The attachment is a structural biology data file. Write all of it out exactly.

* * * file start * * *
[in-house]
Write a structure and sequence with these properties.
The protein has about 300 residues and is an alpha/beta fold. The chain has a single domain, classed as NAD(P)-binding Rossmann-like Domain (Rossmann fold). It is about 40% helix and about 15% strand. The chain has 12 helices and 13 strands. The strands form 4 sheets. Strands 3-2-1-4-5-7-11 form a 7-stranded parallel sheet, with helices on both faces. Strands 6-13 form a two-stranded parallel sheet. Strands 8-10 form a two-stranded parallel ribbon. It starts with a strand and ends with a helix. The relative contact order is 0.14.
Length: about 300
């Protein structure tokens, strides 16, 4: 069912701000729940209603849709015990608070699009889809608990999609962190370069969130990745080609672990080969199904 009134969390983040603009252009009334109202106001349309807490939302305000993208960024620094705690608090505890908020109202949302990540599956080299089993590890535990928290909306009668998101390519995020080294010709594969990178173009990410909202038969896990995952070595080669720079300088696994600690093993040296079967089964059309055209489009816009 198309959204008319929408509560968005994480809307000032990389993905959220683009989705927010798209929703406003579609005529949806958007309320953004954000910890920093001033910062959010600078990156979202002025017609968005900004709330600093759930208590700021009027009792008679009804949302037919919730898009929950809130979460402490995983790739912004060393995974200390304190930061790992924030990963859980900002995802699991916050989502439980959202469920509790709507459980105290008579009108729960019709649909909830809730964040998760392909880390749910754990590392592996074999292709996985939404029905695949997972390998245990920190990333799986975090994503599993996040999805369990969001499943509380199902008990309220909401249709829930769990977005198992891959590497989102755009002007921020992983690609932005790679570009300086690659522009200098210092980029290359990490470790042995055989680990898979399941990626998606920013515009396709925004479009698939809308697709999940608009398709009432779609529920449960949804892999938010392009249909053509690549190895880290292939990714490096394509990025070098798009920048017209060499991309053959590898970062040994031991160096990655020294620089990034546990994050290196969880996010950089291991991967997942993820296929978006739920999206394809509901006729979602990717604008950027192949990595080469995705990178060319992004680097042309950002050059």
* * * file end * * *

[in-house]
Write a structure and sequence with these properties.
The protein has about 300 residues and is an alpha/beta fold. The chain has a single domain, classed as NAD(P)-binding Rossmann-like Domain (Rossmann fold). It is about 40% helix and about 15% strand. The chain has 12 helices and 13 strands. The strands form 4 sheets. Strands 3-2-1-4-5-7-11 form a 7-stranded parallel sheet, with helices on both faces. Strands 6-13 form a two-stranded parallel sheet. Strands 8-10 form a two-stranded parallel ribbon. It starts with a strand and ends with a helix. The relative contact order is 0.14.
Length: about 300
């Protein structure tokens, strides 16, 4: 069912701000729940209603849709015990608070699009889809608990999609962190370069969130990745080609672990080969199904 009134969390983040603009252009009334109202106001349309807490939302305000993208960024620094705690608090505890908020109202949302990540599956080299089993590890535990928290909306009668998101390519995020080294010709594969990178173009990410909202038969896990995952070595080669720079300088696994600690093993040296079967089964059309055209489009816009 198309959204008319929408509560968005994480809307000032990389993905959220683009989705927010798209929703406003579609005529949806958007309320953004954000910890920093001033910062959010600078990156979202002025017609968005900004709330600093759930208590700021009027009792008679009804949302037919919730898009929950809130979460402490995983790739912004060393995974200390304190930061790992924030990963859980900002995802699991916050989502439980959202469920509790709507459980105290008579009108729960019709649909909830809730964040998760392909880390749910754990590392592996074999292709996985939404029905695949997972390998245990920190990333799986975090994503599993996040999805369990969001499943509380199902008990309220909401249709829930769990977005198992891959590497989102755009002007921020992983690609932005790679570009300086690659522009200098210092980029290359990490470790042995055989680990898979399941990626998606920013515009396709925004479009698939809308697709999940608009398709009432779609529920449960949804892999938010392009249909053509690549190895880290292939990714490096394509990025070098798009920048017209060499991309053959590898970062040994031991160096990655020294620089990034546990994050290196969880996010950089291991991967997942993820296929978006739920999206394809509901006729979602990717604008950027192949990595080469995705990178060319992004680097042309950002050059």